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Abstract Arithmetics Library (AAL)

String Mathematics

Introduction Specter is an innovation in computer science and computer engineering. Specter is the code name of Abstract Arithmetics Library (AAL). AAL's target is not the high-end computers or mainframes and clusters. AAL is supposed to enable any low-end cheap computer to do operations with big numbers and to be used in research and development in the fields of big numbers computational theory, cryptography and astronomical engineering. AAL aims to be a unified and portable library that can be embedded anywhere. How it works AAL exploits the inner limits of a specific low-end CPU architecture and provides a software mechanism to overcome several problems for big numbers computations. To do so, AAL introduces a new domain in computational theory, the String Mathematics domain. String Mathematics is a virtual domain that AAL uses to overcome the hardware limitations. The hardware limitations I am talking about is first of all the bit architecture of a low-end computer and secondly, the capacity in RAM and hard disk space. AAL is actually a small emulator that emulates the manual human processing computations by hand in the decimal system into a computer program. In other words, AAL is the analog of a human mathematician that does simple calculations by hand in a piece of paper! The idea behind the concept is that a character by character calculation in the decimal system has no limits and yet does not need big utilization of the hardware or any specific hardware at all. Technical information AAL is free and open source and is coded in ANSI C. AAL takes advantage of the way that C maps data types such as char and int in RAM and does all the processing based on the minimum available computational quantity which is 8bits = 1Byte (char). Though in order to do calculations with decimal numbers from 0 9 you would only need a nibble (half-byte), we want to use the 8bits char type in order to keep the privilege that C give us of having a char that acts as an int. There are also no well-known or massive production computers or microcontrollers that utilize less than 8bits so for our purposes the 4 MSB are not the case. Please note that I am always talking for a system that has a little-endian ordering. Comparison with other libs So, for huge numbers AAL does the job and computes the results that a common 8bit ALU in the binary domain would not have the capacity to do. On the other hand one would say that in theory if we could split any huge number in segments and do the operations separately then we would have no limits with the current architecture. The problem is that in practice this is much more complicated than it seems and its the technique that other libraries such as GMP, use to compute big numbers. Here we should note that opposed to AAL, GMP and other libs are bit dependent and optimized for high-end computers. Finally they differ in the fact that they have upper limits restricted by hardware parts such as CPU bit architecture, CPU registers, CPU cache, RAM cache, RAM timing, hard disk space and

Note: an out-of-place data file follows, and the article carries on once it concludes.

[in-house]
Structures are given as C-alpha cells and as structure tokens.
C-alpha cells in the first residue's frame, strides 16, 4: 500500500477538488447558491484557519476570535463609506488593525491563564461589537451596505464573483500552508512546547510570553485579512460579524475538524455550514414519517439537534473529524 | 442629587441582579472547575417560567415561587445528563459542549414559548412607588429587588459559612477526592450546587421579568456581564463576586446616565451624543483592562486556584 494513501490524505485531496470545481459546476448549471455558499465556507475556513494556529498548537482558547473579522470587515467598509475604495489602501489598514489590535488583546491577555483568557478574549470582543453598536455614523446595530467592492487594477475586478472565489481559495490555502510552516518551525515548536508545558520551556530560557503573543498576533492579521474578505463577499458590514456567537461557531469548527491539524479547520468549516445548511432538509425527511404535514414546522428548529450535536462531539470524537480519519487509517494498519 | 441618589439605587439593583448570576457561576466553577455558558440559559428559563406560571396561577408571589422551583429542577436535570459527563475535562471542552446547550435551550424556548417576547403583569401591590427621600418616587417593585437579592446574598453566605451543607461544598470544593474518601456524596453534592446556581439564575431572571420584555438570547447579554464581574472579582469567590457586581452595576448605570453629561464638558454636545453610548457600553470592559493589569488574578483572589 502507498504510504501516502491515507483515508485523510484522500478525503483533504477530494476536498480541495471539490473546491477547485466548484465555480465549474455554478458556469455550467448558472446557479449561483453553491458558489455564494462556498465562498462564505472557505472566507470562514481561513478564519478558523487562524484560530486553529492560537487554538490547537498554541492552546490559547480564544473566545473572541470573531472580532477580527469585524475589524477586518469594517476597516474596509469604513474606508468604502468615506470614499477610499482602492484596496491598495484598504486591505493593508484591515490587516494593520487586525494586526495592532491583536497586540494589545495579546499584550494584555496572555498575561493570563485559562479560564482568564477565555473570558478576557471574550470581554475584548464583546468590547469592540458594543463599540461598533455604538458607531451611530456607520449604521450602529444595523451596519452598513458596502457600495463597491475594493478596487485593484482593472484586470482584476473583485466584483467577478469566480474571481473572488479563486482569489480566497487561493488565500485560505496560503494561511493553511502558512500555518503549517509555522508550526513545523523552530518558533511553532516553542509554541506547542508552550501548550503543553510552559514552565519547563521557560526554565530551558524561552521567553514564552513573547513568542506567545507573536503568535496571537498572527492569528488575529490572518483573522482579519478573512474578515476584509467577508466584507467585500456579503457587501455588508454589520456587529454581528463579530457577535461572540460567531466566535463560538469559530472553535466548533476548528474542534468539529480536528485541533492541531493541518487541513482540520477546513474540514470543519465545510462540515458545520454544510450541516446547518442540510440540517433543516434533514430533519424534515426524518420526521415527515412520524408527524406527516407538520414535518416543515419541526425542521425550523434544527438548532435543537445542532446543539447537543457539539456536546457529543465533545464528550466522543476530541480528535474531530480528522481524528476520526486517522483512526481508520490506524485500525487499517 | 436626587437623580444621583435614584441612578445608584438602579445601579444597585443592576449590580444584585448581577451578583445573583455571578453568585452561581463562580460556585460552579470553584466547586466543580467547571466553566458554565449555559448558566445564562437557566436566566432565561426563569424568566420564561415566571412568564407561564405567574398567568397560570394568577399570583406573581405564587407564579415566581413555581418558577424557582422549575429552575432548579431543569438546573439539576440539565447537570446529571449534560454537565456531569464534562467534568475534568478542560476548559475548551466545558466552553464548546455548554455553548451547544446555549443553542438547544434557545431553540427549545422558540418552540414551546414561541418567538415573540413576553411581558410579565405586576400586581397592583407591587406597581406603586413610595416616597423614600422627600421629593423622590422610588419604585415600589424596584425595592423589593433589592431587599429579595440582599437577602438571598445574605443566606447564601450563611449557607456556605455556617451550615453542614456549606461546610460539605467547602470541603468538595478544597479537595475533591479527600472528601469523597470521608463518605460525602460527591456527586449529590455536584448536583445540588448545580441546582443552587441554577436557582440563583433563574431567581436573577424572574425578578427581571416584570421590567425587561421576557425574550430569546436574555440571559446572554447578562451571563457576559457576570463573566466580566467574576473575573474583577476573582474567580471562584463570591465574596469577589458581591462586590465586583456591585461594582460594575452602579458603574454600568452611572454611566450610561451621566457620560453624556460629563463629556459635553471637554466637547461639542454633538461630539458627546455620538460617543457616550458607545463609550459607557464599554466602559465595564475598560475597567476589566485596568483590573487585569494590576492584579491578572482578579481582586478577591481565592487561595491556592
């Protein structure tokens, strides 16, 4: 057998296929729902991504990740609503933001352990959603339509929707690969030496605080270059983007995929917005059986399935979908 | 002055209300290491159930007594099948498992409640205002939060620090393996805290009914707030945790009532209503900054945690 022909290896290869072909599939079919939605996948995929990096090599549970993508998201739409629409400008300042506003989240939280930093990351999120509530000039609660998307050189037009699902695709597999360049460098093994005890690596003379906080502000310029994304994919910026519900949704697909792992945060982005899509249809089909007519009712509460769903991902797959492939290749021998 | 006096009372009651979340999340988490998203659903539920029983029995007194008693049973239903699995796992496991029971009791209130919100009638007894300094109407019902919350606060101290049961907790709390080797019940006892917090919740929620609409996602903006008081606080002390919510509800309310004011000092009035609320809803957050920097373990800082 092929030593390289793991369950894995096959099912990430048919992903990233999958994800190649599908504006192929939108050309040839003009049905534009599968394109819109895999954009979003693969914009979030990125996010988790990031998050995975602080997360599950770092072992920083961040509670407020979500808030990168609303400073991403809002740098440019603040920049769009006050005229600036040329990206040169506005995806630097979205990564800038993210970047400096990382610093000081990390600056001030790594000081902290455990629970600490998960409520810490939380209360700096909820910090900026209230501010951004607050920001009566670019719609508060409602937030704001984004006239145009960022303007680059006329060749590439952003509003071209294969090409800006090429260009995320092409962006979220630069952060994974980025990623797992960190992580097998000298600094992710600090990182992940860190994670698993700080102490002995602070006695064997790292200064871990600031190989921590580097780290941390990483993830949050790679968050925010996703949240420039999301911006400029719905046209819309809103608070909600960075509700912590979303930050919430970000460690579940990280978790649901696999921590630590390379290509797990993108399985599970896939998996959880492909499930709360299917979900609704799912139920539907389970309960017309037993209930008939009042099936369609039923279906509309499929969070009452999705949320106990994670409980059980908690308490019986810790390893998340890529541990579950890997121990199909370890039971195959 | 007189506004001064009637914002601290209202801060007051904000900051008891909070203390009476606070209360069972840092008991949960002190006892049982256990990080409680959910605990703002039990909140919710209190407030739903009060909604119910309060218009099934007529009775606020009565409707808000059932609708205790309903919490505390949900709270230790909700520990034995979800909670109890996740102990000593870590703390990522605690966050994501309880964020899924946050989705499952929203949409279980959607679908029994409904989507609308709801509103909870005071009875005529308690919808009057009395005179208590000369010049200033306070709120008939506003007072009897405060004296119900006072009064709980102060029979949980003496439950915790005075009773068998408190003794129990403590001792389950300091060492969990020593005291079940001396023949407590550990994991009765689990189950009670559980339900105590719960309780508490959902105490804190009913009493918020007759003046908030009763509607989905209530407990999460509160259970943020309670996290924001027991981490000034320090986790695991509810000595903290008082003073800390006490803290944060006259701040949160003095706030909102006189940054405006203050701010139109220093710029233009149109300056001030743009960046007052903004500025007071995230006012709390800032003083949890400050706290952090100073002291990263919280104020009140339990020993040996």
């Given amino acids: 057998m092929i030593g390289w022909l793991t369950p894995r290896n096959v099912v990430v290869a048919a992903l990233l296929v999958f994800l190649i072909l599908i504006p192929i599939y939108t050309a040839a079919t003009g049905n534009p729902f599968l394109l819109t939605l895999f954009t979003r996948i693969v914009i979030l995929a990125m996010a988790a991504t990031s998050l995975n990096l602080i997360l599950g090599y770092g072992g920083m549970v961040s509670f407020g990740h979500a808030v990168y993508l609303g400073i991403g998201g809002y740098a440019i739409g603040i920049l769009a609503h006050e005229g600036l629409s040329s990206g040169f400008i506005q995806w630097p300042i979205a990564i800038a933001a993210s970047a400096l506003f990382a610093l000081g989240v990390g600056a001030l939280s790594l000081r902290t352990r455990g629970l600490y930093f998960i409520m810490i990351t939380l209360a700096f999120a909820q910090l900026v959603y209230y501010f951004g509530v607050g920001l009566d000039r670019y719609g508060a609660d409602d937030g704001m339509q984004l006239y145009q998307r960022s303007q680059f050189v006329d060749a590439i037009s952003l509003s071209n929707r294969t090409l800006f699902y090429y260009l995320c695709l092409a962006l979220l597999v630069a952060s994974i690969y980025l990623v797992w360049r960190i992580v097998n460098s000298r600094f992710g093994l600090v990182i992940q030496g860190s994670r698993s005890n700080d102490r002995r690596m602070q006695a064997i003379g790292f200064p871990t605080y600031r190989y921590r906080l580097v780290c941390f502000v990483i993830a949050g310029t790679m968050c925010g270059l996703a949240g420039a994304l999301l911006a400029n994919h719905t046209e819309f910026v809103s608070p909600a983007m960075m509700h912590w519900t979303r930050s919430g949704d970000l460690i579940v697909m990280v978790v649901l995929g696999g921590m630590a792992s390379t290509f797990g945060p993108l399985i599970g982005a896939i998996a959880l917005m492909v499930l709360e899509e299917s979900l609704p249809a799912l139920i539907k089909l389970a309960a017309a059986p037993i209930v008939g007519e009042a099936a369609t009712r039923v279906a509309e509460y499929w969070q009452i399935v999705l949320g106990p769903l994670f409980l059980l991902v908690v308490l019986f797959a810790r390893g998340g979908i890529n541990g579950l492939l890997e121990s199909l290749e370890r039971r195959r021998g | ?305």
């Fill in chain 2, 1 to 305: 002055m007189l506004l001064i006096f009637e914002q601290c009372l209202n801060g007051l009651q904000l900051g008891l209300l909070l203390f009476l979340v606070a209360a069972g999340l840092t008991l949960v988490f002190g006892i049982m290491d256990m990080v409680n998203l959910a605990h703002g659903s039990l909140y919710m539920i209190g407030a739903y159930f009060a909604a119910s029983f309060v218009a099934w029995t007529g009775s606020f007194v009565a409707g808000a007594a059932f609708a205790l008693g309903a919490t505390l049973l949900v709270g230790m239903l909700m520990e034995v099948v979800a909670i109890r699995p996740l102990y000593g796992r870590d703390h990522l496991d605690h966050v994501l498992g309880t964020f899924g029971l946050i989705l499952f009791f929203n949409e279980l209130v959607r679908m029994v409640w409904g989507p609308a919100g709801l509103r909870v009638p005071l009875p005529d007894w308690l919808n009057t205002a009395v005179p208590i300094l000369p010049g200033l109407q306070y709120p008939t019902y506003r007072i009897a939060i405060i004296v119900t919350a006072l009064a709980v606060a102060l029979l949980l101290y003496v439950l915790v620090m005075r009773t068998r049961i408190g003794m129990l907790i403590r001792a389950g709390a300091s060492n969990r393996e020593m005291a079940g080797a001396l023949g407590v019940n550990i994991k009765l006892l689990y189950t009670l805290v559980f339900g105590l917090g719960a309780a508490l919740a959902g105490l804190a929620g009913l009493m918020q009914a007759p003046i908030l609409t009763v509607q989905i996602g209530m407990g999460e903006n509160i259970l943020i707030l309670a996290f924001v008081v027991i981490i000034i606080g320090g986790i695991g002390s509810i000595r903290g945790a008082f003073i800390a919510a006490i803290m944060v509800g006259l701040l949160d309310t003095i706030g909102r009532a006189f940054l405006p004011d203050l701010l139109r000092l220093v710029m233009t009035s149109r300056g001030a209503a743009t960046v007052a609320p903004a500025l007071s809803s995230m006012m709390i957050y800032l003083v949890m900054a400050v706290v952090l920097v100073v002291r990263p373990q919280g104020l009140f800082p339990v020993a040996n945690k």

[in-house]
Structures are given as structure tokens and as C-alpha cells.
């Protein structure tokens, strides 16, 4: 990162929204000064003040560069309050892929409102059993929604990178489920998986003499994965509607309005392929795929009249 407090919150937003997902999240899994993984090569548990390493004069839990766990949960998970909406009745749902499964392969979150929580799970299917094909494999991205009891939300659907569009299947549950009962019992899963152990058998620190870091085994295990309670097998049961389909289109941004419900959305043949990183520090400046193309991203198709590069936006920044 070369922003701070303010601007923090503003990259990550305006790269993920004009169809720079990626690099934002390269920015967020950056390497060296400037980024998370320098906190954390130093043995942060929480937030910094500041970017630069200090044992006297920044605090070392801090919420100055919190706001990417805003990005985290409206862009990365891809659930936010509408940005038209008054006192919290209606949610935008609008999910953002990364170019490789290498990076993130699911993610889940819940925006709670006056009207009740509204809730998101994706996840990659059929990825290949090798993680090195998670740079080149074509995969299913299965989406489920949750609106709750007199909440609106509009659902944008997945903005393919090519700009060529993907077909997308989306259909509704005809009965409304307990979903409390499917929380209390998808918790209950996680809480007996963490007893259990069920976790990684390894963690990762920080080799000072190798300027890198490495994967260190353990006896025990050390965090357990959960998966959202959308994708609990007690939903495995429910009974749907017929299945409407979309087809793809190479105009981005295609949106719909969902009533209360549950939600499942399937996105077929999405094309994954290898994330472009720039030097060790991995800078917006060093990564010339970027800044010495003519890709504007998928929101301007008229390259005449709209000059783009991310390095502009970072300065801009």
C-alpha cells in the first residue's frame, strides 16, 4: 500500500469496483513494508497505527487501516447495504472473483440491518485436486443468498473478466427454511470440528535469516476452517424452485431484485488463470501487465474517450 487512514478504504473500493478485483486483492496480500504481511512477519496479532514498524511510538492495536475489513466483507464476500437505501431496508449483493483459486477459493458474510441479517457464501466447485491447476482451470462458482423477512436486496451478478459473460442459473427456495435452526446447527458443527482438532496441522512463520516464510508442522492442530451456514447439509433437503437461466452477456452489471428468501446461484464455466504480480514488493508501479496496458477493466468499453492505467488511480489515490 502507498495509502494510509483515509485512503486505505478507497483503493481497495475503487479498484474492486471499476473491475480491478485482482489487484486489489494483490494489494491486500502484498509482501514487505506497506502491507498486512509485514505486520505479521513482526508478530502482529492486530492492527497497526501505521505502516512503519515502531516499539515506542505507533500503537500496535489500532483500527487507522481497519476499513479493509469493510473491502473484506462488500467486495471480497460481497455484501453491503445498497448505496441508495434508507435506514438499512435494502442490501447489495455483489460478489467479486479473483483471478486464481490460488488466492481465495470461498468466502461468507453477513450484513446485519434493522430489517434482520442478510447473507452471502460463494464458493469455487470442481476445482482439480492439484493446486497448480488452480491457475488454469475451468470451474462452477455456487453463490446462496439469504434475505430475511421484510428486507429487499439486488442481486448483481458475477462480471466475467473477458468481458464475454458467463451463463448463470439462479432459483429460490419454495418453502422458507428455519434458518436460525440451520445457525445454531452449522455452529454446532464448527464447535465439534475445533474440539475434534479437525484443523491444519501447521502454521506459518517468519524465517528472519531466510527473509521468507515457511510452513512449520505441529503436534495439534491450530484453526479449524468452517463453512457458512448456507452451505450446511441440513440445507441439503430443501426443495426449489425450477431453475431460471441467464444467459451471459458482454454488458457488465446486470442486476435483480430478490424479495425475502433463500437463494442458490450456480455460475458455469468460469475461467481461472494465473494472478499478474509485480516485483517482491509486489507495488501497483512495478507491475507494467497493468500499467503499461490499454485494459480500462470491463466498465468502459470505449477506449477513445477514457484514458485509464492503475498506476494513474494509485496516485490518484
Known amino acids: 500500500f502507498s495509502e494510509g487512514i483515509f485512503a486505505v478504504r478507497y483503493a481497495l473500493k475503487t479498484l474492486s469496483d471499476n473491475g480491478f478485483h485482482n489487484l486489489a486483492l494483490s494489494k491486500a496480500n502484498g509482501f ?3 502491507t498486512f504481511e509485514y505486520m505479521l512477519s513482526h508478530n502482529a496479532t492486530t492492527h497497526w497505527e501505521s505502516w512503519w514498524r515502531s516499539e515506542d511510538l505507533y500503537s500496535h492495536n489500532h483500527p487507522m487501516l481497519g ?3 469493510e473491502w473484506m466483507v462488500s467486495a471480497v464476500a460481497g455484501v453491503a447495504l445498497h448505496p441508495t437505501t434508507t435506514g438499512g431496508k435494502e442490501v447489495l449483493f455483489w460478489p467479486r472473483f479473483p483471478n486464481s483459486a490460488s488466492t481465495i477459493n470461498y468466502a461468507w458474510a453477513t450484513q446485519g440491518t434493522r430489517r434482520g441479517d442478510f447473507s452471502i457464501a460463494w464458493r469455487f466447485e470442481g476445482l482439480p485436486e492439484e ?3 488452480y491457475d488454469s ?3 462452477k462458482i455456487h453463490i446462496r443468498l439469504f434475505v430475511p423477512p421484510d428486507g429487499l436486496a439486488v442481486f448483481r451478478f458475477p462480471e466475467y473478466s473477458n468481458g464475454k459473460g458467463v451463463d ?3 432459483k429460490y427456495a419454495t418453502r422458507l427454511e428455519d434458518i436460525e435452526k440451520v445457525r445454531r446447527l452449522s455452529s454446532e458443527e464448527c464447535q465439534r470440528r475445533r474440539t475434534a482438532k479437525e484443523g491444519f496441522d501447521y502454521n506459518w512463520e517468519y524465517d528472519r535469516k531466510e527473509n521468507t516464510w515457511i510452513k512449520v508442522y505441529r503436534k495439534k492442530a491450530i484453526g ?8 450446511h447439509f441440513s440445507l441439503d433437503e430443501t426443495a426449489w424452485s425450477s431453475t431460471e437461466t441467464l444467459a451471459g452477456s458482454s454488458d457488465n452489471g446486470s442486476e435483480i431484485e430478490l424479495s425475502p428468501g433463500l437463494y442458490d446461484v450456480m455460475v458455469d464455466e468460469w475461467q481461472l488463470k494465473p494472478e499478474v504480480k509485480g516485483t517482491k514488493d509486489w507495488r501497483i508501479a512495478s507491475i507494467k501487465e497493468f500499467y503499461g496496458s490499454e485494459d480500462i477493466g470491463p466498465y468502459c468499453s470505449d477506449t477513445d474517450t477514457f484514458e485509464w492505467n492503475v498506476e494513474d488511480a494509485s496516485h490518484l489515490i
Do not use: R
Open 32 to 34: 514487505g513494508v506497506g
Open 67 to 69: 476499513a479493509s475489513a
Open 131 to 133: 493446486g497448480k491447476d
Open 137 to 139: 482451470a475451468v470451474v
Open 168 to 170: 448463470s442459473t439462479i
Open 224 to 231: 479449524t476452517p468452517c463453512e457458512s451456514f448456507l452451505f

they reside on a compiler to be portable. Thus, they are not truly optimized for any computer and neither portable. There are 3 main disadvantages of the philosophy described above and I explain them below in detail: 1. Segmentation of calculations does not always work without huge overhead in RAM and in CPU utilization. The best known way is the usage of Fourier transformations and large data tables in RAM. This means many computer cycles and huge impact in performance. This is unacceptable for a low-end computer or a micro-controller. 2. Assembly code is considered a must for this philosophy, due to huge data and operations on them. But assembly is a hardware specific language and thus restricts portability and unification. 3. Hardware dependent solution is not an option for openness and advancement. Sources Specter (AAL) is still on the development phase at BETA stage. Please download Specter from the following link...

George A. Delaportas (G0D) ------------------------------------Informatics & Computer Engineer MSc in Networking and Data Communications PhD in Computer Forensics